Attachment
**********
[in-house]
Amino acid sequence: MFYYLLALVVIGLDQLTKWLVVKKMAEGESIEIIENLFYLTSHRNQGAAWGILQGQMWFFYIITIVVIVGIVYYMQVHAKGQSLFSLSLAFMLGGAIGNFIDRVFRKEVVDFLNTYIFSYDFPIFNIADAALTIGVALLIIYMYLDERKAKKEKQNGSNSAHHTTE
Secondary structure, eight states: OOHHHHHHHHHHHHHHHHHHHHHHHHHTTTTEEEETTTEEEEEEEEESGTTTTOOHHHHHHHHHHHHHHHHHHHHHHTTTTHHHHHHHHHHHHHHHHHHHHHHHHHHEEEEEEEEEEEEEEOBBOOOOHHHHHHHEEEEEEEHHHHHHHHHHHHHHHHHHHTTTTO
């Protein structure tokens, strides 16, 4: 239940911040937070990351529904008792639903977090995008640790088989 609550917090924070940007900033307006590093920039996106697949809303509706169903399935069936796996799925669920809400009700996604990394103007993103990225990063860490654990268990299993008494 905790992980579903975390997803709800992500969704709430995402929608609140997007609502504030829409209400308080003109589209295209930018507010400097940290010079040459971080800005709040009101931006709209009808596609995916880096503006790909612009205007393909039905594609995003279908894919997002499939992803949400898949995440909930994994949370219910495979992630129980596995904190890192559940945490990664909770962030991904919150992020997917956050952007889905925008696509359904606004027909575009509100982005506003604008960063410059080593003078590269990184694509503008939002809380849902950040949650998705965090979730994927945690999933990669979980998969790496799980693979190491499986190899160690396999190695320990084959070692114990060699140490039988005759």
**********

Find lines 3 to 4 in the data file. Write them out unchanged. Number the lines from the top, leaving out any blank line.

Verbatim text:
Secondary structure, eight states: OOHHHHHHHHHHHHHHHHHHHHHHHHHTTTTEEEETTTEEEEEEEEESGTTTTOOHHHHHHHHHHHHHHHHHHHHHHTTTTHHHHHHHHHHHHHHHHHHHHHHHHHHEEEEEEEEEEEEEEOBBOOOOHHHHHHHEEEEEEEHHHHHHHHHHHHHHHHHHHTTTTO
């Protein structure tokens, strides 16, 4: 239940911040937070990351529904008792639903977090995008640790088989 609550917090924070940007900033307006590093920039996106697949809303509706169903399935069936796996799925669920809400009700996604990394103007993103990225990063860490654990268990299993008494 905790992980579903975390997803709800992500969704709430995402929608609140997007609502504030829409209400308080003109589209295209930018507010400097940290010079040459971080800005709040009101931006709209009808596609995916880096503006790909612009205007393909039905594609995003279908894919997002499939992803949400898949995440909930994994949370219910495979992630129980596995904190890192559940945490990664909770962030991904919150992020997917956050952007889905925008696509359904606004027909575009509100982005506003604008960063410059080593003078590269990184694509503008939002809380849902950040949650998705965090979730994927945690999933990669979980998969790496799980693979190491499986190899160690396999190695320990084959070692114990060699140490039988005759």